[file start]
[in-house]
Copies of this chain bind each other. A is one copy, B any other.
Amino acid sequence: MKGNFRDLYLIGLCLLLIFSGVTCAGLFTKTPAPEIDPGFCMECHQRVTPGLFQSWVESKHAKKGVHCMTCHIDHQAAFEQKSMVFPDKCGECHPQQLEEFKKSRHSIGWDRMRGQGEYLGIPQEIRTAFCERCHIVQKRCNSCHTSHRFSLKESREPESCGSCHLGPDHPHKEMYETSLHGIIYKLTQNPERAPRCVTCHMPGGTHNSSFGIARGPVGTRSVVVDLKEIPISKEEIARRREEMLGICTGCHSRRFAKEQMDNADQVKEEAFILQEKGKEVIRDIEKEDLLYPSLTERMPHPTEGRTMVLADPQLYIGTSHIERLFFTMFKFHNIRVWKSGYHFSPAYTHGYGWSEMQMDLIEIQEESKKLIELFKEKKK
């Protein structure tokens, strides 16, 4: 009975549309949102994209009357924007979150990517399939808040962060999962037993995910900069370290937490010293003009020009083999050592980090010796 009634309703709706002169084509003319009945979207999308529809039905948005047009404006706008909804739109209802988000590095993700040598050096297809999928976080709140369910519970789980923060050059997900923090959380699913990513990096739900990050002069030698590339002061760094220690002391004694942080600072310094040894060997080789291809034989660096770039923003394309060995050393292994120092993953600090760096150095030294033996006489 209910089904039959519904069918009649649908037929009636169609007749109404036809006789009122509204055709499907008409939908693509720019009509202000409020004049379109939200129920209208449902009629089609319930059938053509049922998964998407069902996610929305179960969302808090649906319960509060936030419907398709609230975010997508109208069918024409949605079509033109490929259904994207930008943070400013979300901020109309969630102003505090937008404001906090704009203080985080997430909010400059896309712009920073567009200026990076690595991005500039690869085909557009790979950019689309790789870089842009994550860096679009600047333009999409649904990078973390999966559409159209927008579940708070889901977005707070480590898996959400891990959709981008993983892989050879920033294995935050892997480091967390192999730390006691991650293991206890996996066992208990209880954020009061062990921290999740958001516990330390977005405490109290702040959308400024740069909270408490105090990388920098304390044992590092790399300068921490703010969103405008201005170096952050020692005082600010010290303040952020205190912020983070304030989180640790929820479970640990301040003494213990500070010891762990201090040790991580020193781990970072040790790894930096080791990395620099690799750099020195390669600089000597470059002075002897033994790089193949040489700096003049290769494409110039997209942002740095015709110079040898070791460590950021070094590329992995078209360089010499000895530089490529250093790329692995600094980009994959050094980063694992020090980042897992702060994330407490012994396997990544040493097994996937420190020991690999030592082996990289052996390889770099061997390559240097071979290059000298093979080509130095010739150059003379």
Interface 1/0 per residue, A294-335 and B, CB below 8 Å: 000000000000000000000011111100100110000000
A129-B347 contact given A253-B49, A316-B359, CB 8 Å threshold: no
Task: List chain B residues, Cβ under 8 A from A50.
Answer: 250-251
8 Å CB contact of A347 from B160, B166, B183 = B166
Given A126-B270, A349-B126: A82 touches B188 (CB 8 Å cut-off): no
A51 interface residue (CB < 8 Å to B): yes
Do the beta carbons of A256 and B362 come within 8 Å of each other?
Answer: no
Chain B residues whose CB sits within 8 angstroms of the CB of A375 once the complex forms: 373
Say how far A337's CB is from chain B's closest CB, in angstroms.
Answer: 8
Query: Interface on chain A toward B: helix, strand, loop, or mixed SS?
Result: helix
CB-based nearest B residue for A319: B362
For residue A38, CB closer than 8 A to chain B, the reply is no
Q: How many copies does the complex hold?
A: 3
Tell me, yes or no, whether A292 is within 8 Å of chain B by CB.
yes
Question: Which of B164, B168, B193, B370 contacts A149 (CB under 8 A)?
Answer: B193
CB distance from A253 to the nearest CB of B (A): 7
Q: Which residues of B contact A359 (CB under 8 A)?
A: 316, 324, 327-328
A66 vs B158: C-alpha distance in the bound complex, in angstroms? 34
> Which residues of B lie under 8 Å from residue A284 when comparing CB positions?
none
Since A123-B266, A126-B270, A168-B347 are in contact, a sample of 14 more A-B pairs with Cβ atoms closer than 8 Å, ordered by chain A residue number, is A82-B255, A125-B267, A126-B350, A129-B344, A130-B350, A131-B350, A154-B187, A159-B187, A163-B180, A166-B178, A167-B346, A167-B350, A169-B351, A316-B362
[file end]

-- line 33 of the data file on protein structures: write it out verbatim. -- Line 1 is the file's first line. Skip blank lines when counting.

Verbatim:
Since A123-B266, A126-B270, A168-B347 are in contact, a sample of 14 more A-B pairs with Cβ atoms closer than 8 Å, ordered by chain A residue number, is A82-B255, A125-B267, A126-B350, A129-B344, A130-B350, A131-B350, A154-B187, A159-B187, A163-B180, A166-B178, A167-B346, A167-B350, A169-B351, A316-B362